By Patryk Czekaj
Horror anthologies have a long-lasting positive effect on the systematic development of the cinema of fear. What’s fascinating about this specific subgenre is that even though it’s relatively hard to find a film, whose composition wouldn’t be tainted with slip-ups of various sorts, the collaborative work between directors from different environments often results in some high-quality fear-inducing creations. Although directed solely by one person, Kobayashi Masaki’s haunting Kwaidan (1964) might easily be easily called a quintessential entry. Its enormous success sparked a trend, leading to a turning point in the history of the whole genre.
Korean horror is a mixed bag of hits and misses. Among such gems as A Tale of Two Sisters (2003) or Voice (2005) appears nonsense like Death Bell (2008). Horror Stories (2012) tried to go beyond what’s conventional, but despite its efforts, it ended up being a stylish yet shallow series of short stories that relied too heavily on visual scares and dream-based sequences, without putting enough emphasis on expanding their narratives. It premiered around the time when V/H/S (2012) had its victorious international run and intuitively sought to repeat the American film’s triumph, but eventually failed mostly because of the fact that its shock factor seemed rather weak in comparison.
What is striking about Horror Stories 2 is that even the framing tale, which usually works as a mere prelude and doesn't necessarily bring anything into the general concept, improves on the original. Directed by Min Kyu-dong, 444 takes place in an insurance company and follows manager Park (Park Sung-woong) and his employee Se-young (Lee Se-young), who possesses a supernatural ability to communicate with the dead. Park wants to test her uncanny powers and gives her three presumably unsolvable cases to go through. That experiment serves not only as an introduction to the following narratives, but also as a cautionary tale about the consequences of playing with fate. By reopening old cases Park unwillingly condemns his soul, a first but not last such occurrence in the film.
Kim Sung-ho’s minimalist The Cliff is the least otherworldly of all the segments, and by far the most engaging. Apart from a few fantastic elements, it’s a strikingly truthful representation of a people-turning-into-animals scenario. When two good friends get stranded on a cliff bad things ought to happen. Beyond being a surprisingly solid tale of greed and guilt in times of selfish capitalism, it's also a nice twist on the revenge genre. Seong Joon’s passionless acting is in perfect unison with his character’s skin-deep personality. The most horrifying image that lasts, however, is that single Snickers bar lying on the edge of a cliff.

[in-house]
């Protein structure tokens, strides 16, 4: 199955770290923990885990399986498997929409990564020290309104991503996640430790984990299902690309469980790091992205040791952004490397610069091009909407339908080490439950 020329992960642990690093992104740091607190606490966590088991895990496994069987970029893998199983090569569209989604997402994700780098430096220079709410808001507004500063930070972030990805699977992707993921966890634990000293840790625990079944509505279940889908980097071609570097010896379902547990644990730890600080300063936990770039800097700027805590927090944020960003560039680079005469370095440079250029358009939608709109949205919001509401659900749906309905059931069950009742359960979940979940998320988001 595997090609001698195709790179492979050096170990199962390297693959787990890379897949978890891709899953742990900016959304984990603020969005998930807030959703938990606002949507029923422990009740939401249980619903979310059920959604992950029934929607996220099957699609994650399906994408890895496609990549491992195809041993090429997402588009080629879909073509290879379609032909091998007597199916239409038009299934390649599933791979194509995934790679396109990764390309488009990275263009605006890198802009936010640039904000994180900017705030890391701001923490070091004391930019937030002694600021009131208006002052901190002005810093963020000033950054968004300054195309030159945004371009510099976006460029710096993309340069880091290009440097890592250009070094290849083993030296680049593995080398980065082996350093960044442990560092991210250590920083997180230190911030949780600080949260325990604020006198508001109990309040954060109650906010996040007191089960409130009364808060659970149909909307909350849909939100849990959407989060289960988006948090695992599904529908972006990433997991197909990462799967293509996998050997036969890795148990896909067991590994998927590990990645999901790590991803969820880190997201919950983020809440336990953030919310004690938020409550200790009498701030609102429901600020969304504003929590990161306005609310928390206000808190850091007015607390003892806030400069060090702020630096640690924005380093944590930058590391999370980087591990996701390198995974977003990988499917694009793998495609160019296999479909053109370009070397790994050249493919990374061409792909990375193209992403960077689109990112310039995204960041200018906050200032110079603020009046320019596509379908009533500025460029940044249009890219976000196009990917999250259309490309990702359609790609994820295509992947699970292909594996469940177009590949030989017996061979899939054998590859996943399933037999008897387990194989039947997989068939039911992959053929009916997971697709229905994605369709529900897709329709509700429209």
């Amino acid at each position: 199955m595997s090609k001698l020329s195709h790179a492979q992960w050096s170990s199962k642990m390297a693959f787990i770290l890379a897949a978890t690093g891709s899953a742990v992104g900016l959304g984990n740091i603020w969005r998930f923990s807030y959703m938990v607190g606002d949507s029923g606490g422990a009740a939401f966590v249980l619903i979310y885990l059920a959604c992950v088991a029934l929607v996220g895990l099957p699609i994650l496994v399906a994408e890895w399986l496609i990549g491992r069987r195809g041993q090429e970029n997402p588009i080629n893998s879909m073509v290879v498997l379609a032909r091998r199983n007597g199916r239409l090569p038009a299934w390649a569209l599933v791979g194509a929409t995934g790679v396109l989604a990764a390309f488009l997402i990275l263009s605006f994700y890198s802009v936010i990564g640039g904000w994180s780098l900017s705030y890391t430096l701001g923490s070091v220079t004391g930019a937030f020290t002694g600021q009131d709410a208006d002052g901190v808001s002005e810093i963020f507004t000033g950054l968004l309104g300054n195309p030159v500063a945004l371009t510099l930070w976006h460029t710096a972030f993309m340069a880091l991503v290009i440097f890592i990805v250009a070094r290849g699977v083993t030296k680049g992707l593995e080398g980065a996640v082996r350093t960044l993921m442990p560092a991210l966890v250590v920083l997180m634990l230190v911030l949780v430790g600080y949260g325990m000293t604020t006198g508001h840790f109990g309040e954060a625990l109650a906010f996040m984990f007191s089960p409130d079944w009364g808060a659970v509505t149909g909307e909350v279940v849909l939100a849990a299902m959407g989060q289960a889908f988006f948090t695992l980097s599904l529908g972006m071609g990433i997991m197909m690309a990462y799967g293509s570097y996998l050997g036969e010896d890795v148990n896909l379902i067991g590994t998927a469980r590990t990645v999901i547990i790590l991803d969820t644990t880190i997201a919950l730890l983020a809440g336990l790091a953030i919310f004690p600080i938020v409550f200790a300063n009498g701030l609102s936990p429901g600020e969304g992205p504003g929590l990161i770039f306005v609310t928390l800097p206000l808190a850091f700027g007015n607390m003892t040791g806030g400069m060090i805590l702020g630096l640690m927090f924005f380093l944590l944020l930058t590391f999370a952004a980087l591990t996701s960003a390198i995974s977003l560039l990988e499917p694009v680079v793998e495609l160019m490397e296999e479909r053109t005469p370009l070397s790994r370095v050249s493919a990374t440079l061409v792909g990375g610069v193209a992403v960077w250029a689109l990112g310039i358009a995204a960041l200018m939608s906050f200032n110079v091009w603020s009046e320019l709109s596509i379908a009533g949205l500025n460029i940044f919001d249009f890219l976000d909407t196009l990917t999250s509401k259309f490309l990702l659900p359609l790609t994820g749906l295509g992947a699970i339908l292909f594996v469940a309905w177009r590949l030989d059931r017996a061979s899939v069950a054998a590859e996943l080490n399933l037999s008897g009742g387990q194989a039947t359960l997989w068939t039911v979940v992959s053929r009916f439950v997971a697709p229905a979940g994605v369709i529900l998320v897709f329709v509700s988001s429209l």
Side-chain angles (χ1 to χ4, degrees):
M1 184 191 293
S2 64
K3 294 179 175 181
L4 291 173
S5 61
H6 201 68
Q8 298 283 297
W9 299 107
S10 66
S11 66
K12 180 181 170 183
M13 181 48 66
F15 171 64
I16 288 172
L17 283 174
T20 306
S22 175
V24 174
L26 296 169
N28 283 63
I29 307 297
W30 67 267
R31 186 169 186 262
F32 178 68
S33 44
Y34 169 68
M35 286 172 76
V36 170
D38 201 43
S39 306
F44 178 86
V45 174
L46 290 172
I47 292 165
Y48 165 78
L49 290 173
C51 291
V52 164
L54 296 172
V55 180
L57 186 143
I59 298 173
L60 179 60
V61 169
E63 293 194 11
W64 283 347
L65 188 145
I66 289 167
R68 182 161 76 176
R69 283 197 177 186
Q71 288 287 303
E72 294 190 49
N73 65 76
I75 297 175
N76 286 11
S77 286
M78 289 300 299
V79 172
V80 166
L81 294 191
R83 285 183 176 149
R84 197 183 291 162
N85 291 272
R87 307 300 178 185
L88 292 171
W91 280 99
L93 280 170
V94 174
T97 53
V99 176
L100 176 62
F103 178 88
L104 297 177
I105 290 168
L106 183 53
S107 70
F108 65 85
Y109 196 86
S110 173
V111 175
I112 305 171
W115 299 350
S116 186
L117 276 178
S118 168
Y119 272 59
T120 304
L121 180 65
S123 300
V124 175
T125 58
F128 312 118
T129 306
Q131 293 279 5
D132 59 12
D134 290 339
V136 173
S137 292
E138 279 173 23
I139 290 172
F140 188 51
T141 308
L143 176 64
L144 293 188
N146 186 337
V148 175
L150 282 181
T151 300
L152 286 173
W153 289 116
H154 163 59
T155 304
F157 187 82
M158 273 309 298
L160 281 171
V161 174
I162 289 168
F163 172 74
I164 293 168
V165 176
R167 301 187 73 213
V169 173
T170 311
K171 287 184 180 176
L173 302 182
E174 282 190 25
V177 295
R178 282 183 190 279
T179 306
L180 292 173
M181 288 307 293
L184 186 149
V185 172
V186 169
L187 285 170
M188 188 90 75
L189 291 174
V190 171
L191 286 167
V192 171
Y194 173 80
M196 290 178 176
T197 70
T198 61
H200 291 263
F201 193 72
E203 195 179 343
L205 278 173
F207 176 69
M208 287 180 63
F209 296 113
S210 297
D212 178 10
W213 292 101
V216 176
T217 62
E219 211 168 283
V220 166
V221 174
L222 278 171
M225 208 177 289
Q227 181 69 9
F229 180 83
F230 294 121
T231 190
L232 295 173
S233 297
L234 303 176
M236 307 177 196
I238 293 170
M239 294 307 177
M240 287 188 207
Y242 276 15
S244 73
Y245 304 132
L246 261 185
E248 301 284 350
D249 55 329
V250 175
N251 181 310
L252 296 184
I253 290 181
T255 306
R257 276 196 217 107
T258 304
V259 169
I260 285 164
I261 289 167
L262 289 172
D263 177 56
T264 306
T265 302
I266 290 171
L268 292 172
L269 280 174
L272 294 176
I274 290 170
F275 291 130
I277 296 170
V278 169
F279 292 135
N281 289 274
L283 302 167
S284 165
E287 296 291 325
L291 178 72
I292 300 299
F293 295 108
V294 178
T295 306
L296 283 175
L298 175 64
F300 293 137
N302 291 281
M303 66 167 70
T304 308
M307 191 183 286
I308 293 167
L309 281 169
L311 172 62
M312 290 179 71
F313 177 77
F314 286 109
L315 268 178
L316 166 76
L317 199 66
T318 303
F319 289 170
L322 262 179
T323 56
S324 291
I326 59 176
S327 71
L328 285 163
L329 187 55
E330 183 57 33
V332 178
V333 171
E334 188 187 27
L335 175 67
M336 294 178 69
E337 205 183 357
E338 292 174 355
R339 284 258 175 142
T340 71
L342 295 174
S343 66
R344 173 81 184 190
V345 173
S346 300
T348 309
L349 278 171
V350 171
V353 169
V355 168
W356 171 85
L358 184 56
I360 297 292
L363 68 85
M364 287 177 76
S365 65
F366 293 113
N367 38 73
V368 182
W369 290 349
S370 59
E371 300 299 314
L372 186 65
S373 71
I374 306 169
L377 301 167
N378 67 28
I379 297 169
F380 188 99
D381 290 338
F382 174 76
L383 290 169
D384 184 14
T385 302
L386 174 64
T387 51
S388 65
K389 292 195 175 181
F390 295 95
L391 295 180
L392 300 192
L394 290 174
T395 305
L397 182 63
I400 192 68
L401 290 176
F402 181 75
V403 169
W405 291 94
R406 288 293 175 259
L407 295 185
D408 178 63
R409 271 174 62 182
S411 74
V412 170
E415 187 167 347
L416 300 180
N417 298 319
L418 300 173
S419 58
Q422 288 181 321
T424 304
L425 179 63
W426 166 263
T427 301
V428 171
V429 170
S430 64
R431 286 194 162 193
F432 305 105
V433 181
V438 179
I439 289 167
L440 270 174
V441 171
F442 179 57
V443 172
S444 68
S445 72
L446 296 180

Kim Hwi’s The Accident shows that death might not be the most extreme repercussion of drunk driving. When three carefree girls (Baek Jin-hee, Kim Seul-gi, Jung In-sun) cause a car accident their desperate search for help ends up taking a mystical turn for the worse. There’s a brief yet visually arresting reference to occult and a few scary moments within a story that builds its pace adequately but arrives at a conclusion that’s unreasonably predictable and clichéd. The Accident is basically a promising and depressing morality tale, but its biggest killers were a familiar premise and an abrupt finale.
Essentially, Horror Stories 2 wouldn’t be as much fun without Jung Beom-sik’s The Escape, an exercise in foolishness of the most engaging kind. Ridiculous, bloody, comical, it immediately becomes a sort of guilty pleasure despite its few faults and rather foreseeable ending. Ko Byung-shin (Ko Kyung-pyo) is a socially awkward, childish teacher. Convinced that his life’s a one big failure he decides to change something with the help of a pretty student hilariously named Sa Tan-hee (Kim Jee-won) and the powers of black magic. Transferred to an alternate universe, the poor guy soon realizes that he got more than he bargained for when his flesh-loving, paper bag-wearing family drives him into one hell of a nightmare. The Escape doesn't take itself too seriously and aptly delivers its many rude/gory jokes, but still manages to share a tale about how anxiety and lack of acceptance might lead people to hazardous and controversial decisions. With Byung-shin it’s rather a case of stupidity, but the universal truth remains visible.
Outside of a well crafted and often striking visual realm, Horror Stories 2 gives some thought to its manner of narration and that’s what makes it slightly better than the original. Although Horror Stories was more intense and bloody in a typical modern horror-style, the second installment found a way to combine creative storytelling with very decent scares that slowly build in intensity. The film goes through certain phases – starts with a story that seems most down-to-earth, then teases the viewer with its deceptive vision, only to top it all off in a bizarre nightmare. Seeing the potential in the series, it wouldn't be a surprise if the next installment was already in the works.
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